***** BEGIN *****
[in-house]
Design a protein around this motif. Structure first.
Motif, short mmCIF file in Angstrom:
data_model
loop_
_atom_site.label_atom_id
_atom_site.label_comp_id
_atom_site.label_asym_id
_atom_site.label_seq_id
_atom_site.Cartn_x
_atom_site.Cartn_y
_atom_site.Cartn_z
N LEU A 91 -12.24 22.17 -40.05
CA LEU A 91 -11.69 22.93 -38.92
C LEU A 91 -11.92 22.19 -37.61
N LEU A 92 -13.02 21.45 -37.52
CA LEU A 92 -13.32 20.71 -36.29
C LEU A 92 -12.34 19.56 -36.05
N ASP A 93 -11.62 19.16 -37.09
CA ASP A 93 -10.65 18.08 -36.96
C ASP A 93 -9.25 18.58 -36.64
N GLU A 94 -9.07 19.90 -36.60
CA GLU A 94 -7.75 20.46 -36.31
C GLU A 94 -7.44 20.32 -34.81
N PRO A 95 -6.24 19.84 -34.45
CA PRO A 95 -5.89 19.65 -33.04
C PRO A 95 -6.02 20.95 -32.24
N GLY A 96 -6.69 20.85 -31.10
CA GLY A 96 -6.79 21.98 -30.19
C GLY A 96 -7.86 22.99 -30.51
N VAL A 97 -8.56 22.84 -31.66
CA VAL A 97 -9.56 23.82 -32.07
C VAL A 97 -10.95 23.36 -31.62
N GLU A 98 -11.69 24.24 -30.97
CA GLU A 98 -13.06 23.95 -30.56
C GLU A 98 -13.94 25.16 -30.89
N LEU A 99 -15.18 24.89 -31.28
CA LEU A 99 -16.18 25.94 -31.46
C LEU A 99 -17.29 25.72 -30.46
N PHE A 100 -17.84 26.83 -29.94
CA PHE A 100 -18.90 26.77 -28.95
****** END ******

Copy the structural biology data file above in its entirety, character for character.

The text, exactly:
[in-house]
Design a protein around this motif. Structure first.
Motif, short mmCIF file in Angstrom:
data_model
loop_
_atom_site.label_atom_id
_atom_site.label_comp_id
_atom_site.label_asym_id
_atom_site.label_seq_id
_atom_site.Cartn_x
_atom_site.Cartn_y
_atom_site.Cartn_z
N LEU A 91 -12.24 22.17 -40.05
CA LEU A 91 -11.69 22.93 -38.92
C LEU A 91 -11.92 22.19 -37.61
N LEU A 92 -13.02 21.45 -37.52
CA LEU A 92 -13.32 20.71 -36.29
C LEU A 92 -12.34 19.56 -36.05
N ASP A 93 -11.62 19.16 -37.09
CA ASP A 93 -10.65 18.08 -36.96
C ASP A 93 -9.25 18.58 -36.64
N GLU A 94 -9.07 19.90 -36.60
CA GLU A 94 -7.75 20.46 -36.31
C GLU A 94 -7.44 20.32 -34.81
N PRO A 95 -6.24 19.84 -34.45
CA PRO A 95 -5.89 19.65 -33.04
C PRO A 95 -6.02 20.95 -32.24
N GLY A 96 -6.69 20.85 -31.10
CA GLY A 96 -6.79 21.98 -30.19
C GLY A 96 -7.86 22.99 -30.51
N VAL A 97 -8.56 22.84 -31.66
CA VAL A 97 -9.56 23.82 -32.07
C VAL A 97 -10.95 23.36 -31.62
N GLU A 98 -11.69 24.24 -30.97
CA GLU A 98 -13.06 23.95 -30.56
C GLU A 98 -13.94 25.16 -30.89
N LEU A 99 -15.18 24.89 -31.28
CA LEU A 99 -16.18 25.94 -31.46
C LEU A 99 -17.29 25.72 -30.46
N PHE A 100 -17.84 26.83 -29.94
CA PHE A 100 -18.90 26.77 -28.95